Actual and perceived knowledge of kidney transplantation and the pursuit of a live donor

Natasha Gupta, Megan L. Salter, Jacqueline Garonzik, Peter P. Reese, Corey E. Wickliffe, Nabil N. Dagher, Niraj M Desai, Dorry Segev

Research output: Contribution to journalArticle

Abstract

Background. Live donor kidney transplantation (LDKT) remains underutilized, partly resulting from the challenges many patients face in asking someone to donate. Actual and perceived kidney transplantation (KT) knowledge are potentially modifiable factors that may influence this process. Therefore, we sought to explore the relationships between these constructs and the pursuit of LDKT. Methods. We conducted a cross-sectional survey of transplant candidates at our center to assess actual KT knowledge (5-point assessment) and perceived KT knowledge (5-point Likert scale, collapsed empirically to 4 points); we also asked candidates if they had previously asked someone to donate. Associations between participant characteristics and having asked someone to donate were quantified using modified Poisson regression. Results. Of 307 participants, 45.4% were female, 56.4% were non-white race, and 44.6% had previously asked someone to donate. In an adjusted model that included both actual and perceived knowledge, each unit increase in perceived knowledge was associated with 1.21-fold (95% CI: 1.03Y1.43, P=0.02) higher likelihood of having asked someone to donate, whereas there was no statistically significant association with actual knowledge (RR=1.08 per unit increase, 95% CI: 0.99Y1.18, P=0.10). A conditional forest analysis confirmed the importance of perceived but not actual knowledge in predicting the outcome. Conclusions. Our results suggest that perceived KT knowledge is more important to a patient's pursuit of LDKT than actual knowledge. Educational interventions that seek to increase patient KT knowledge should also focus on increasing confidence about this knowledge.

Original languageEnglish (US)
Pages (from-to)969-973
Number of pages5
JournalTransplantation
Volume98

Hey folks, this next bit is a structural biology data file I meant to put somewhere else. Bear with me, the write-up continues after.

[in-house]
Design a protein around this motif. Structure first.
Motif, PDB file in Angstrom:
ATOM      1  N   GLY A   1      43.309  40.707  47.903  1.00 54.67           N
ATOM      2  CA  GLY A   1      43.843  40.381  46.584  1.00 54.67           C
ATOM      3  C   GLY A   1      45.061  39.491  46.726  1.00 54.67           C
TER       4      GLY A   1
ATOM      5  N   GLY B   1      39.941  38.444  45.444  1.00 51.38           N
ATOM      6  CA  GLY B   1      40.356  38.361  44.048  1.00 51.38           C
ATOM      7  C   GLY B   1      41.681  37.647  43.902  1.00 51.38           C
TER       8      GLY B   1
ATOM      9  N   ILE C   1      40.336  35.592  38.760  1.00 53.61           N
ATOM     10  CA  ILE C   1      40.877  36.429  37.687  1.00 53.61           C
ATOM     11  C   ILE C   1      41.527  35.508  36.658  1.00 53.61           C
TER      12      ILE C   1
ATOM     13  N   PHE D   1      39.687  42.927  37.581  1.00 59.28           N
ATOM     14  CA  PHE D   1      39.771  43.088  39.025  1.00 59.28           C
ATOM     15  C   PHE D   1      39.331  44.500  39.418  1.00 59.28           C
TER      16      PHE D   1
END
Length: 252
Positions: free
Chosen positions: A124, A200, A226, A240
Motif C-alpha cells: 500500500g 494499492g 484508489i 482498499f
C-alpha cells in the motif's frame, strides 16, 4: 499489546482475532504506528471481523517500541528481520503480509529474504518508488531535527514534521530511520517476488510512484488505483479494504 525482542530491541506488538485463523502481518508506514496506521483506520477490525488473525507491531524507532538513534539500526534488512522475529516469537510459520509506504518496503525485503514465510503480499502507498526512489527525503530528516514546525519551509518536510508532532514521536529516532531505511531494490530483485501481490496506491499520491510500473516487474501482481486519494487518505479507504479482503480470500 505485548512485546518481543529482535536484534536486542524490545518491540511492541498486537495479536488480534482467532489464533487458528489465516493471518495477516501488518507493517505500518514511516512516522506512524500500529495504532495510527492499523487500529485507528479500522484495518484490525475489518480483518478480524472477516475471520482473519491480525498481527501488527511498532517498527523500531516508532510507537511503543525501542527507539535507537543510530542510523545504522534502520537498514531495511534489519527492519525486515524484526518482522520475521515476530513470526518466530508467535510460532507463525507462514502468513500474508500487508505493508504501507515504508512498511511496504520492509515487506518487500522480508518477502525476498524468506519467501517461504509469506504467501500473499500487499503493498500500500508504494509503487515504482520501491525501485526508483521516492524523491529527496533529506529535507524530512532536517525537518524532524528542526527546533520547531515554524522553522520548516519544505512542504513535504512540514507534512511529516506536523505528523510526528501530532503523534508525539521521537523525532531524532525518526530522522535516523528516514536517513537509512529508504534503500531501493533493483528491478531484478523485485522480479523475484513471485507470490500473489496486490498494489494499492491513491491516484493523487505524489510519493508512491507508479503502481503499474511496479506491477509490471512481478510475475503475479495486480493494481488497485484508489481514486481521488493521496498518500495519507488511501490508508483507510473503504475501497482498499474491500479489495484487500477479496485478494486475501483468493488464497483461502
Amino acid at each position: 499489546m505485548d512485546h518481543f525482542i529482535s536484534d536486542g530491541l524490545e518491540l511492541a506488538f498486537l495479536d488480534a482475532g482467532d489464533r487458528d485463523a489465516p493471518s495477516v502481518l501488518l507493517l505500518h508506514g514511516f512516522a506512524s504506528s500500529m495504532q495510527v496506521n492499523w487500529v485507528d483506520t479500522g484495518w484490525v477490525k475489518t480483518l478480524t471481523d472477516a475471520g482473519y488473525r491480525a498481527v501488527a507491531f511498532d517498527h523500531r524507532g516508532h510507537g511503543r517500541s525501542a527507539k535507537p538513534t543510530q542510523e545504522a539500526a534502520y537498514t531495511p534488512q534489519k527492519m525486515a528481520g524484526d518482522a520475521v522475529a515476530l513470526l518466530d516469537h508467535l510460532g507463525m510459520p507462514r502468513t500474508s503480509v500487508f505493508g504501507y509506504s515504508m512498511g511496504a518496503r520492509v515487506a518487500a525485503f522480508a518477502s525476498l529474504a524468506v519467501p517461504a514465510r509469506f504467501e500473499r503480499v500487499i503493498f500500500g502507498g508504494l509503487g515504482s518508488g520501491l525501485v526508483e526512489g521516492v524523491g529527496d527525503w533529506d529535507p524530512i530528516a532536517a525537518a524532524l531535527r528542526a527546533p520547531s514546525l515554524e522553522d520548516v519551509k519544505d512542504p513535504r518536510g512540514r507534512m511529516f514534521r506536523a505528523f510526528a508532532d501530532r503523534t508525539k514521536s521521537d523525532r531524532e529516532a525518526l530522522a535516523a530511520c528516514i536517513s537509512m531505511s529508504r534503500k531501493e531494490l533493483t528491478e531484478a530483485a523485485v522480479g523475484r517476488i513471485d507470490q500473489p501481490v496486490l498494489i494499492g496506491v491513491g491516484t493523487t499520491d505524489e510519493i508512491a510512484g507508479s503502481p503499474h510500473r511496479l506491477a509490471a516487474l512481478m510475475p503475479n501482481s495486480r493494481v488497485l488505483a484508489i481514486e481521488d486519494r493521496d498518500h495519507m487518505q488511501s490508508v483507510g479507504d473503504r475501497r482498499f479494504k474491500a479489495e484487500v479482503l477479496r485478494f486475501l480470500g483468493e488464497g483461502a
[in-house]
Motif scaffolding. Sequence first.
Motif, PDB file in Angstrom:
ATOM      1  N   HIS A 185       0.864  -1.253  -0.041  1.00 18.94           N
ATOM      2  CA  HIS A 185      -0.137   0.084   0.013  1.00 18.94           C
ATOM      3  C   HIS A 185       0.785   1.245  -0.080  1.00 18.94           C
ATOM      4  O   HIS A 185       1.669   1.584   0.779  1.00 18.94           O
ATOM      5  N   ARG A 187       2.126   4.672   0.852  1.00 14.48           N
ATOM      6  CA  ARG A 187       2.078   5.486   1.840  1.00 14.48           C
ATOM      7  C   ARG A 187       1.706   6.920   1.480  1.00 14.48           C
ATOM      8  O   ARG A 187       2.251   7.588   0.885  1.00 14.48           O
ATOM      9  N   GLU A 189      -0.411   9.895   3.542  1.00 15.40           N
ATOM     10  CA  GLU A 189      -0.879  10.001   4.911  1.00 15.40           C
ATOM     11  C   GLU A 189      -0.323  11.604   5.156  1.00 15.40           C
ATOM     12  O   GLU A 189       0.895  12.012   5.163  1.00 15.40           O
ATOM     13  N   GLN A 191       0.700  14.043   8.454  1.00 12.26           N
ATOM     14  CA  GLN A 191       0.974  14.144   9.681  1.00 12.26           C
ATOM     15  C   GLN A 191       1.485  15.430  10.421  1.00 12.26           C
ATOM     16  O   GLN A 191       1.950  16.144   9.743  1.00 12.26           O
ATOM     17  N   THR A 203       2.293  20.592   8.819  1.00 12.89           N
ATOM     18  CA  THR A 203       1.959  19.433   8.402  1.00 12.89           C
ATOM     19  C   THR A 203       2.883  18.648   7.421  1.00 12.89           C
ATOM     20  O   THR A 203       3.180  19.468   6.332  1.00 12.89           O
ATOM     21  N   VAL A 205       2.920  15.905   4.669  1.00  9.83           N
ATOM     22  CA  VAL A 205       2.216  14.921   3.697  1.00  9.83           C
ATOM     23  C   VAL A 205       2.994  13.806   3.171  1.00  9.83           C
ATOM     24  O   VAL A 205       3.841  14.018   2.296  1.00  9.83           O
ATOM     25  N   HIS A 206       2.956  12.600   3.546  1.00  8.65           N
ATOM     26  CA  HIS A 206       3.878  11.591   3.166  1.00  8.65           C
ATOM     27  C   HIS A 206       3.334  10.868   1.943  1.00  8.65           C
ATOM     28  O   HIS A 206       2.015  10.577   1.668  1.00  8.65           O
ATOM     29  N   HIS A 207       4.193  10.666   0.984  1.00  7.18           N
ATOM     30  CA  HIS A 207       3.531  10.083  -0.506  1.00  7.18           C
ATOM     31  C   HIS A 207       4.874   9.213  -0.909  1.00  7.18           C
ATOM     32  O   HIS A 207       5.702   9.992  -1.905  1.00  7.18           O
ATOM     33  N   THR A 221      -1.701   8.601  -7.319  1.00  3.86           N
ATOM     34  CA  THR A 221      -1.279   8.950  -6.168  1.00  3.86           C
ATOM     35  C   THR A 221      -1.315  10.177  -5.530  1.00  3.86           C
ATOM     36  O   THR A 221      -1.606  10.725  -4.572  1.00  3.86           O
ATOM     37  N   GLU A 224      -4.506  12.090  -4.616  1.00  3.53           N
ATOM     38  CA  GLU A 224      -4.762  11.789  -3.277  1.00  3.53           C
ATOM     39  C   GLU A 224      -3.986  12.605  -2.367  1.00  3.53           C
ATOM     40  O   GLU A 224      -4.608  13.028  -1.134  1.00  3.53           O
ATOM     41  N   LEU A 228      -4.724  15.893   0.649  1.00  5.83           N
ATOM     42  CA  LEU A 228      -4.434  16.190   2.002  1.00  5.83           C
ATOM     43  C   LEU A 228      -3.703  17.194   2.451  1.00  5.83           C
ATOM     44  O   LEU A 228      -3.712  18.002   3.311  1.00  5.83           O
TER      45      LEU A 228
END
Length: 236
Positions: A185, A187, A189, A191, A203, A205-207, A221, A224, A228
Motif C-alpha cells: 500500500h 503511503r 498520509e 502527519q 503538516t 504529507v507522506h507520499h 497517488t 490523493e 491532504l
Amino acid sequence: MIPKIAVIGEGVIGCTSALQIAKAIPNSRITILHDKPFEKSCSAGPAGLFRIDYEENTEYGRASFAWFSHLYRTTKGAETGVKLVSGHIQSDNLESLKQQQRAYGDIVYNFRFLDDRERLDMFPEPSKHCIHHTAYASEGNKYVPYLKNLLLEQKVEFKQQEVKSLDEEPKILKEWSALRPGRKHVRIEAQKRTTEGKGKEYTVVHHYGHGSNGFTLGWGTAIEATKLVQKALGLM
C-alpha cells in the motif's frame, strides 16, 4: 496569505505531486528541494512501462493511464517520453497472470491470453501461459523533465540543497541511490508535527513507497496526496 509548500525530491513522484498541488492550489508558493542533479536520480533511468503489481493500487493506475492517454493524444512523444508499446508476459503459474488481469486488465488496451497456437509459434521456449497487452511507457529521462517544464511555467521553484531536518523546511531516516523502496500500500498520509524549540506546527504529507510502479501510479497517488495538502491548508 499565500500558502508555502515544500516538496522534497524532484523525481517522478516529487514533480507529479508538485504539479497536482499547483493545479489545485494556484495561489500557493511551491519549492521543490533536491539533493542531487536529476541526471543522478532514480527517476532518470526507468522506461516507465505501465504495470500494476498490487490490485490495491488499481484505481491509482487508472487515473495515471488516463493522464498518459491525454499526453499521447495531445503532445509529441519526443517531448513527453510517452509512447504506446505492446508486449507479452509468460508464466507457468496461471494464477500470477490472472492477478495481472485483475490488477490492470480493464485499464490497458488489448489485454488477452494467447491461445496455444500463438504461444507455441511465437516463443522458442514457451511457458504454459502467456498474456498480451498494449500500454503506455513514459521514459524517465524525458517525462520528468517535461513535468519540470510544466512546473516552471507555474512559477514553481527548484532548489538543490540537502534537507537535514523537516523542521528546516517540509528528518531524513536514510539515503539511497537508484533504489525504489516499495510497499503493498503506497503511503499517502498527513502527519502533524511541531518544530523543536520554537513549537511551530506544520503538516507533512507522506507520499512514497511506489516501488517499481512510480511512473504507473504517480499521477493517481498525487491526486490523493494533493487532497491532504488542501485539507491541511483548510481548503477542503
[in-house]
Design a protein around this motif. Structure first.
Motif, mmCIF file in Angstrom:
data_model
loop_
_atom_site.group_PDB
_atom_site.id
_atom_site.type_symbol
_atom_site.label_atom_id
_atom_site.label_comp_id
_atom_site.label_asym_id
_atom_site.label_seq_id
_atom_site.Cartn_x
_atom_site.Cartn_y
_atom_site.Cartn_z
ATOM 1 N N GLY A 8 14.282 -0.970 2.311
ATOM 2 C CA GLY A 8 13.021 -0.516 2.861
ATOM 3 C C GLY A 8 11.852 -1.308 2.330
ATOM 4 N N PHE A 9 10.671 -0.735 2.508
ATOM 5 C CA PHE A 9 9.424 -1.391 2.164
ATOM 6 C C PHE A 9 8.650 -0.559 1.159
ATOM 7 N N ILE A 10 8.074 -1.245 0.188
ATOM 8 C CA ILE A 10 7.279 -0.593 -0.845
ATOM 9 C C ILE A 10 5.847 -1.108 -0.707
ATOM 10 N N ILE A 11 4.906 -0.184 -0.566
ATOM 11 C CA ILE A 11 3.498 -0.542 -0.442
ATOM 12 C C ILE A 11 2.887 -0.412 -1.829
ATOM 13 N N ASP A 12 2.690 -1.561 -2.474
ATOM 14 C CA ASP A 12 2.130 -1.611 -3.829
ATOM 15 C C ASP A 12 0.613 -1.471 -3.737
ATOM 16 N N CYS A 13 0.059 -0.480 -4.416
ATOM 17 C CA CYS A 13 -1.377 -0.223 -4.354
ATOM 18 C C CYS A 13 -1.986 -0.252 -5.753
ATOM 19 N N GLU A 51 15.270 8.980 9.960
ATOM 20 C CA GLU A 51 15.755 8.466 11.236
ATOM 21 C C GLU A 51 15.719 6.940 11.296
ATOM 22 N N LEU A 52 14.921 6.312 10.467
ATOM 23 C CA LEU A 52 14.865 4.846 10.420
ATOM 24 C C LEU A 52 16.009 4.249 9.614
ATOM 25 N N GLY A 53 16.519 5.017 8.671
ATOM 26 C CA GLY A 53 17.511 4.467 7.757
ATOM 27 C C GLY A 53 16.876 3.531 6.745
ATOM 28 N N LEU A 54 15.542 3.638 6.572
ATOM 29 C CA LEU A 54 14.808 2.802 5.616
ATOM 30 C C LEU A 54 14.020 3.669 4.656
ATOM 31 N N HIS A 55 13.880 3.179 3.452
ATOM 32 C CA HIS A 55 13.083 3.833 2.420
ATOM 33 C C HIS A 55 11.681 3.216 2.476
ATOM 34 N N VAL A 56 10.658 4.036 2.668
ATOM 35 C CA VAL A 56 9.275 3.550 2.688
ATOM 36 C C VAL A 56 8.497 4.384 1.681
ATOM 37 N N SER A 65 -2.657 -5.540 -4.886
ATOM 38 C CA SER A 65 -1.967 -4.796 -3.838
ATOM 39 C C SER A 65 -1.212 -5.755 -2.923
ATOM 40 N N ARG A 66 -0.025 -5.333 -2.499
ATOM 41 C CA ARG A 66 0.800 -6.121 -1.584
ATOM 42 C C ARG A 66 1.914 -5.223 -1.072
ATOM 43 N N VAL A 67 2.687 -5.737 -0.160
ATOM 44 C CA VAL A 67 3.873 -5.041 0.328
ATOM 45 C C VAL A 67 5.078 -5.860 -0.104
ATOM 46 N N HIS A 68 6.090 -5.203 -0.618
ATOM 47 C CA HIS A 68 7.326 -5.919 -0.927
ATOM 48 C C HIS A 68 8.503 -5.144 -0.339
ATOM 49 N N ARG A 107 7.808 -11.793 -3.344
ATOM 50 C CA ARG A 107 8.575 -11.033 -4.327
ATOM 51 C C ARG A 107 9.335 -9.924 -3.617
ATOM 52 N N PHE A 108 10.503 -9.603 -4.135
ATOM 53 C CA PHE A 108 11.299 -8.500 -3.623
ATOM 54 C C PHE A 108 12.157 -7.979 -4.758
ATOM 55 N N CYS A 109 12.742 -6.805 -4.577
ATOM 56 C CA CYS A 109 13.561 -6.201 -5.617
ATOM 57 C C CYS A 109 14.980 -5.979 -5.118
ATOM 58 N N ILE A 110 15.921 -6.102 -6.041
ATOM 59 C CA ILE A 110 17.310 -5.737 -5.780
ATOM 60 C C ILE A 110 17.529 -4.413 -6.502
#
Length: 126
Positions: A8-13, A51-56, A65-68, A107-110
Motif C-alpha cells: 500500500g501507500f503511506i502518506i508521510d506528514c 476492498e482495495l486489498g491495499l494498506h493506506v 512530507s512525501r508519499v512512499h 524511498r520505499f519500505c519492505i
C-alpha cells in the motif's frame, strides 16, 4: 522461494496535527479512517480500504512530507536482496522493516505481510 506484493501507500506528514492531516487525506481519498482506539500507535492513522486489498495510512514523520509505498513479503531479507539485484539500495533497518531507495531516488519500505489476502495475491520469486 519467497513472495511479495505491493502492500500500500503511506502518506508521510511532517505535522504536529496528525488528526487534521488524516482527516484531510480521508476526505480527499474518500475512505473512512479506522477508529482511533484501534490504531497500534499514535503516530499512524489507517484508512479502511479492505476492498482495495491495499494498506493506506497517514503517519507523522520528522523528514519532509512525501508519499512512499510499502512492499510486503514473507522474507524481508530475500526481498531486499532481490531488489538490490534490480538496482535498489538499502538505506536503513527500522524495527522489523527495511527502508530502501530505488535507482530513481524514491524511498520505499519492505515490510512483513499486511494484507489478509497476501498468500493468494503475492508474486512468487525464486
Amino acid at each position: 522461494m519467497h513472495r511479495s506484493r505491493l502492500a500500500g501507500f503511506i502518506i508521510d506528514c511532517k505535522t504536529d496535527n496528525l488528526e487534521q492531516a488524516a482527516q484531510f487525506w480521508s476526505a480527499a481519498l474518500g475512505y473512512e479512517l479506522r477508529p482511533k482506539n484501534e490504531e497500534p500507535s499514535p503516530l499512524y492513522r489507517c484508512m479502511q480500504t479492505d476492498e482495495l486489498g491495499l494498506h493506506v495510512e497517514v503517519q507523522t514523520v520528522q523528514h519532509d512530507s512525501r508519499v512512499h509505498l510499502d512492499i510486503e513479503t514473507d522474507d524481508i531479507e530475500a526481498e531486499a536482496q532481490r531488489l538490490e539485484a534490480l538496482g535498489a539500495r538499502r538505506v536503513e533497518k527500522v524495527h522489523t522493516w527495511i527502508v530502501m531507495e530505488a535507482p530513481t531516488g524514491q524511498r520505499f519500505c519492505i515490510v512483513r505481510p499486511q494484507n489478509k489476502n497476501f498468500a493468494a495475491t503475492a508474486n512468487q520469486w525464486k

Issue number9
DOIs
StatePublished - 2014

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Kidney Transplantation
Tissue Donors
Cross-Sectional Studies
Transplants

Keywords

  • End-stage renal disease
  • Kidney donation
  • Kidney transplantation

ASJC Scopus subject areas

  • Transplantation
  • Medicine(all)

Cite this

Actual and perceived knowledge of kidney transplantation and the pursuit of a live donor. / Gupta, Natasha; Salter, Megan L.; Garonzik, Jacqueline; Reese, Peter P.; Wickliffe, Corey E.; Dagher, Nabil N.; Desai, Niraj M; Segev, Dorry.

In: Transplantation, Vol. 98, No. 9, 2014, p. 969-973.

Research output: Contribution to journalArticle

Gupta, Natasha ; Salter, Megan L. ; Garonzik, Jacqueline ; Reese, Peter P. ; Wickliffe, Corey E. ; Dagher, Nabil N. ; Desai, Niraj M ; Segev, Dorry. / Actual and perceived knowledge of kidney transplantation and the pursuit of a live donor. In: Transplantation. 2014 ; Vol. 98, No. 9. pp. 969-973.
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abstract = "Background. Live donor kidney transplantation (LDKT) remains underutilized, partly resulting from the challenges many patients face in asking someone to donate. Actual and perceived kidney transplantation (KT) knowledge are potentially modifiable factors that may influence this process. Therefore, we sought to explore the relationships between these constructs and the pursuit of LDKT. Methods. We conducted a cross-sectional survey of transplant candidates at our center to assess actual KT knowledge (5-point assessment) and perceived KT knowledge (5-point Likert scale, collapsed empirically to 4 points); we also asked candidates if they had previously asked someone to donate. Associations between participant characteristics and having asked someone to donate were quantified using modified Poisson regression. Results. Of 307 participants, 45.4{\%} were female, 56.4{\%} were non-white race, and 44.6{\%} had previously asked someone to donate. In an adjusted model that included both actual and perceived knowledge, each unit increase in perceived knowledge was associated with 1.21-fold (95{\%} CI: 1.03Y1.43, P=0.02) higher likelihood of having asked someone to donate, whereas there was no statistically significant association with actual knowledge (RR=1.08 per unit increase, 95{\%} CI: 0.99Y1.18, P=0.10). A conditional forest analysis confirmed the importance of perceived but not actual knowledge in predicting the outcome. Conclusions. Our results suggest that perceived KT knowledge is more important to a patient's pursuit of LDKT than actual knowledge. Educational interventions that seek to increase patient KT knowledge should also focus on increasing confidence about this knowledge.",
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